As we focus on the urgency of daily deadlines and details, it’s easy to forget the many moments that have brought us to where we are today. The 175th anniversary of NEHGS has afforded me an opportunity to step back and gain perspective – not only on the expansive history of our organization, but also on my own history as part of it. As I took a break from my normal tasks to reflect on my time at American Ancestors and NEHGS, primarily as creative director for American Ancestors magazine, I was surprised to realize that I am currently working on my eighty-third issue of the magazine!
I was hired in 1999 by my current supervisor, Lynn Betlock, although we were both in much different roles. Lynn ran the book sales department and, with my colleague Rick Park, I took orders over the phone. We were based in the NEHGS satellite location on North Washington Street in Boston, along with the very popular circulating library. In the days before online databases, our two departments provided access to resources greatly valued by our members who lived far from Boston.
At the time of my hiring in the sales department, NEHGS published a popular bimonthly newsletter titled NEXUS. In publication since 1983, NEXUS featured a variety of articles on genealogical research, including Gary Boyd Roberts’s long-running “Notable Kin” column.
As the year 2000 approached, a decision was made to expand NEXUS into a full 48-page magazine to be published five times each year. In January 2000 I joined the rest of the staff and membership in admiring the impressive new publication that debuted with full-length feature articles and regular new columns on a variety of subjects.
As the new magazine grew over that first year, staffing needs changed and I joined the magazine team as editor and creative director under Brenton Simons, then editorial director of Newbury Street Press and New England Ancestors. I was excited for the opportunity to combine my interests in design and history and began my new role just as the fall 2000 issue – which featured a lead article on researching the descendants of Nantucket slaves – was published. The first full issue on which I worked from start to finish was the holiday 2000 issue, with an eye-catching cover feature titled “Murder in Colonial Boston.” In fact, I remember now that I worked on much of that issue twice after accidentally deleting the file; it was an important early lesson in saving multiple copies of my work!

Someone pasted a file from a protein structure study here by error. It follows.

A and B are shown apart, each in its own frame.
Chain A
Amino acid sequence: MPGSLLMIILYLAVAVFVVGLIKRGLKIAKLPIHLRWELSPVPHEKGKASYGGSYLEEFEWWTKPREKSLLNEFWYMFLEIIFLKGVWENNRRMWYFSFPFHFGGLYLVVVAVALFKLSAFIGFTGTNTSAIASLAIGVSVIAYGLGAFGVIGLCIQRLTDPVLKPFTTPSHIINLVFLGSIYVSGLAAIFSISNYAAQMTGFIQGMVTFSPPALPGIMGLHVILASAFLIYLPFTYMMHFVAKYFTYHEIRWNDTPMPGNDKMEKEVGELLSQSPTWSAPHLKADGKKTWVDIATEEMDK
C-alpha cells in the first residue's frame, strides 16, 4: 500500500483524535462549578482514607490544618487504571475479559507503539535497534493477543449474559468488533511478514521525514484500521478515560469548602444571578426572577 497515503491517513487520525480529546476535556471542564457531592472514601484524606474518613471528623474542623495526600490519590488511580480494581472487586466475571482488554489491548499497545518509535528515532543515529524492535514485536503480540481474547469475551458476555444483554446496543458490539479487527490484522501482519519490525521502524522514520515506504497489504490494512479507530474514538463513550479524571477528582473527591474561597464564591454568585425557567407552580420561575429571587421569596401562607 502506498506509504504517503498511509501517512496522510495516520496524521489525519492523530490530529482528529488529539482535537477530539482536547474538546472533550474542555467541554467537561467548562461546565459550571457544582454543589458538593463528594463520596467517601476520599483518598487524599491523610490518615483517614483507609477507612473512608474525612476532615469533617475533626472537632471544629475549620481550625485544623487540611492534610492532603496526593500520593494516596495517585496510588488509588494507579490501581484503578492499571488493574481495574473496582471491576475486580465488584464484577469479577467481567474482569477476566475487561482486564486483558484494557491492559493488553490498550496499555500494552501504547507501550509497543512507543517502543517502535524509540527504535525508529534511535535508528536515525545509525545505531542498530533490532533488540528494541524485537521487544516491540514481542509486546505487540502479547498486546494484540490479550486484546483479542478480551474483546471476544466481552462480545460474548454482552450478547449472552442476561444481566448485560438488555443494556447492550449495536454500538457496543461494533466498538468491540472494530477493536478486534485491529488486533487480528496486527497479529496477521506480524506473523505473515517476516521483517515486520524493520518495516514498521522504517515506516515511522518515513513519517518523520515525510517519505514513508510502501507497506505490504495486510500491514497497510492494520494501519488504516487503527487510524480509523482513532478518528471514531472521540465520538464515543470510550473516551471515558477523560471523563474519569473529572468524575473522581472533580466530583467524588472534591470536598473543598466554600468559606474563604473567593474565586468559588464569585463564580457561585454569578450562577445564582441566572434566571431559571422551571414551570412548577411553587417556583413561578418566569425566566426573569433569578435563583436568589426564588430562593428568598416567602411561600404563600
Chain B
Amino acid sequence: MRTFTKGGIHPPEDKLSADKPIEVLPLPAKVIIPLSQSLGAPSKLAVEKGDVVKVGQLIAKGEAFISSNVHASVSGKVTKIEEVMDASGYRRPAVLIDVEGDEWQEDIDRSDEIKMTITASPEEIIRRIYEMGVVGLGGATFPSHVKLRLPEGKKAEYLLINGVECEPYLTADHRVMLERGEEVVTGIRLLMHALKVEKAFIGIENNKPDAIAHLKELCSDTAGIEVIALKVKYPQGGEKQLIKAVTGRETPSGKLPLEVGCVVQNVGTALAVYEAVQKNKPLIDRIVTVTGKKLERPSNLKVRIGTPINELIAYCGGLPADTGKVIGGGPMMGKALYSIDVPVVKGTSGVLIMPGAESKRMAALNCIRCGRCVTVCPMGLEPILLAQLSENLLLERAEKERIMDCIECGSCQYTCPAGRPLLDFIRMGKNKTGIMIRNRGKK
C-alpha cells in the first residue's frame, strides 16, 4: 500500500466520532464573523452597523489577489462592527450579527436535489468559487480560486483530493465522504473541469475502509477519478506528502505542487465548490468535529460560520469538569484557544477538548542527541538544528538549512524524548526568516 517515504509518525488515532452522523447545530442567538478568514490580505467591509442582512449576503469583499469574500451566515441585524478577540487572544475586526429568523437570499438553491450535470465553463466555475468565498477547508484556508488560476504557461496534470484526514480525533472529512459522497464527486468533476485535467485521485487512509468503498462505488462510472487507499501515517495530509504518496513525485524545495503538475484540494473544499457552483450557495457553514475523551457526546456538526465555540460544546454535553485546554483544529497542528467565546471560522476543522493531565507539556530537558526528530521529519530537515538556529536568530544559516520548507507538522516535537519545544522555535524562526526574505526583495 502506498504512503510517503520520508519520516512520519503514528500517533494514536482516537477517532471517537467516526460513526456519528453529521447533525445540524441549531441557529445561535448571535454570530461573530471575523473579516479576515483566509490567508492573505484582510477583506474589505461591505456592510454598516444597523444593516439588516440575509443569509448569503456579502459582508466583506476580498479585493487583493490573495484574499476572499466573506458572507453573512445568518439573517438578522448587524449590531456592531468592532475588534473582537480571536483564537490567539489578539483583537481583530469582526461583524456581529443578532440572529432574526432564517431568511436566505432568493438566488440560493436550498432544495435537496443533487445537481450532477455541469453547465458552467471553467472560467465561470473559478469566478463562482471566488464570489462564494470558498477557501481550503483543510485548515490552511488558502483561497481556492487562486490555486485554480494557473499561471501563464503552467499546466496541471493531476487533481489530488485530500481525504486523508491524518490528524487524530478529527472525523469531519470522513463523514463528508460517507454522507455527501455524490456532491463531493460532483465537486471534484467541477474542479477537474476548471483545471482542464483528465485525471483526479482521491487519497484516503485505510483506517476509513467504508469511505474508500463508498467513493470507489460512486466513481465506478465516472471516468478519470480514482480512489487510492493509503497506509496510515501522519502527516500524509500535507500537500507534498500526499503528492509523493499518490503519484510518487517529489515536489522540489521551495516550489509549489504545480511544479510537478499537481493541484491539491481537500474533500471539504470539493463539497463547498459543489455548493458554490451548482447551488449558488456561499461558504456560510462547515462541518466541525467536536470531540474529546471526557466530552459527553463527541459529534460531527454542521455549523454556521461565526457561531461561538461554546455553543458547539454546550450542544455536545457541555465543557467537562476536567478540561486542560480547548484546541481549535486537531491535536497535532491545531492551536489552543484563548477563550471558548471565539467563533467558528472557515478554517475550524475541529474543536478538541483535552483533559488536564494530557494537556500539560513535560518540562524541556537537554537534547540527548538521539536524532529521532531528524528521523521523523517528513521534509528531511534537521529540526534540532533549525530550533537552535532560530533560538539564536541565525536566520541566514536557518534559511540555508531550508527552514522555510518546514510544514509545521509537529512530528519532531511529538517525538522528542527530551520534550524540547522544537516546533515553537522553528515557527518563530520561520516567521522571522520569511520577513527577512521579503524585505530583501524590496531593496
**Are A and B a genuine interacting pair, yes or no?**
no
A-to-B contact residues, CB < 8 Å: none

Within a couple of years, staff roles shifted and I was lucky to be able to work with Lynn Betlock again as she assumed the position of executive editor of the magazine in fall 2003. With the addition of Jean Powers in the same year, we established the three-person team that still produces the magazine today.
In 2009, we restructured the magazine, producing four 64-page issues, rather than five 48-page issues. In winter 2010, as NEHGS evolved, the magazine’s title was changed to American Ancestors: New England, New York, and Beyond, to better reflect the wider research interests of our readers.
As the person responsible for the design of the magazine, the most exciting development for me over the last two decades was the change to our new color layout in summer 2013. Articles came to life once we were able to illustrate the text with bright, colorful modern photos, as well as beautifully vibrant reproductions of historic artifacts.
In spring 2018 and winter 2020, we published two special Mayflower editions of American Ancestors. Commemorating the 400th anniversary of the voyage, these issues are devoted to the history, relevance, and impact of the Mayflower and its passengers. Perspectives from the United States, the United Kingdom, the Netherlands, and the Wampanoag Nation are included.
As I write at the end of June 2020, we are working on a special 175th anniversary issue of American Ancestors to be published in late summer, which will feature retrospectives on the long history of American Ancestors and NEHGS. The last twenty years in particular have been a time of dramatic growth and change for our organization, and for the field of genealogy as a whole. I’m proud to have had the chance to be a part of it and I look forward to many more years of sharing American Ancestors with our members and friends.
Members can download back issues of American Ancestors in pdf format from 2010 to the present at https://www.americanancestors.org/browse/publications/american-ancestors-magazine. American Ancestors content from 2010 through 2019 is also available as a searchable database at https://www.americanancestors.org/search/databasesearch/405/american-ancestors-magazine. The first ten years of the magazine, from 2000 through 2009, are available for members to search through the New England Ancestors database at https://www.americanancestors.org/search/databasesearch/201/new-england-ancestors-magazine.